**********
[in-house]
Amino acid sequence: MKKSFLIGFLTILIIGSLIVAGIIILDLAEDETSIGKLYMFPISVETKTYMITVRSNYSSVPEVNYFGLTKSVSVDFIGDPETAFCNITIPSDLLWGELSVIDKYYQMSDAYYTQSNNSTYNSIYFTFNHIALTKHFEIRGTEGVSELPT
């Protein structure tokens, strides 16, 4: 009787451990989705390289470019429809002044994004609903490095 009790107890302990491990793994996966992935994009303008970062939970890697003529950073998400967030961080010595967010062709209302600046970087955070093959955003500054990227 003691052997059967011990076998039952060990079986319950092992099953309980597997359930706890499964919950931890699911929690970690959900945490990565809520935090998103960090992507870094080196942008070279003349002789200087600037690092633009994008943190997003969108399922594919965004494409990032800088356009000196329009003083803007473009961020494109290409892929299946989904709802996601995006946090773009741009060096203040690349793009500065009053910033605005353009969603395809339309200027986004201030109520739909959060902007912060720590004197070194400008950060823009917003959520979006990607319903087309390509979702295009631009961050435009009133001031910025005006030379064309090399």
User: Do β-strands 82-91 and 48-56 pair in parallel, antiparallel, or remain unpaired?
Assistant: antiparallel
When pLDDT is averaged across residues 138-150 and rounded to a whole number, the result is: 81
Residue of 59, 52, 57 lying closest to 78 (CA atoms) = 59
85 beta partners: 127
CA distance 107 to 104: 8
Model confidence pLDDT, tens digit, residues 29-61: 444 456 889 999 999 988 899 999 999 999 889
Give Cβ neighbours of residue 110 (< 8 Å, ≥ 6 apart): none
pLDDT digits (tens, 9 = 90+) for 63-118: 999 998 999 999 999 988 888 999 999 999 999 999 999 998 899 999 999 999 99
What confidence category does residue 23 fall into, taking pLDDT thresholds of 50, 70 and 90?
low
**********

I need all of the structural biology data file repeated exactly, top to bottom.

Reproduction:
[in-house]
Amino acid sequence: MKKSFLIGFLTILIIGSLIVAGIIILDLAEDETSIGKLYMFPISVETKTYMITVRSNYSSVPEVNYFGLTKSVSVDFIGDPETAFCNITIPSDLLWGELSVIDKYYQMSDAYYTQSNNSTYNSIYFTFNHIALTKHFEIRGTEGVSELPT
């Protein structure tokens, strides 16, 4: 009787451990989705390289470019429809002044994004609903490095 009790107890302990491990793994996966992935994009303008970062939970890697003529950073998400967030961080010595967010062709209302600046970087955070093959955003500054990227 003691052997059967011990076998039952060990079986319950092992099953309980597997359930706890499964919950931890699911929690970690959900945490990565809520935090998103960090992507870094080196942008070279003349002789200087600037690092633009994008943190997003969108399922594919965004494409990032800088356009000196329009003083803007473009961020494109290409892929299946989904709802996601995006946090773009741009060096203040690349793009500065009053910033605005353009969603395809339309200027986004201030109520739909959060902007912060720590004197070194400008950060823009917003959520979006990607319903087309390509979702295009631009961050435009009133001031910025005006030379064309090399």
User: Do β-strands 82-91 and 48-56 pair in parallel, antiparallel, or remain unpaired?
Assistant: antiparallel
When pLDDT is averaged across residues 138-150 and rounded to a whole number, the result is: 81
Residue of 59, 52, 57 lying closest to 78 (CA atoms) = 59
85 beta partners: 127
CA distance 107 to 104: 8
Model confidence pLDDT, tens digit, residues 29-61: 444 456 889 999 999 988 899 999 999 999 889
Give Cβ neighbours of residue 110 (< 8 Å, ≥ 6 apart): none
pLDDT digits (tens, 9 = 90+) for 63-118: 999 998 999 999 999 988 888 999 999 999 999 999 999 998 899 999 999 999 99
What confidence category does residue 23 fall into, taking pLDDT thresholds of 50, 70 and 90?
low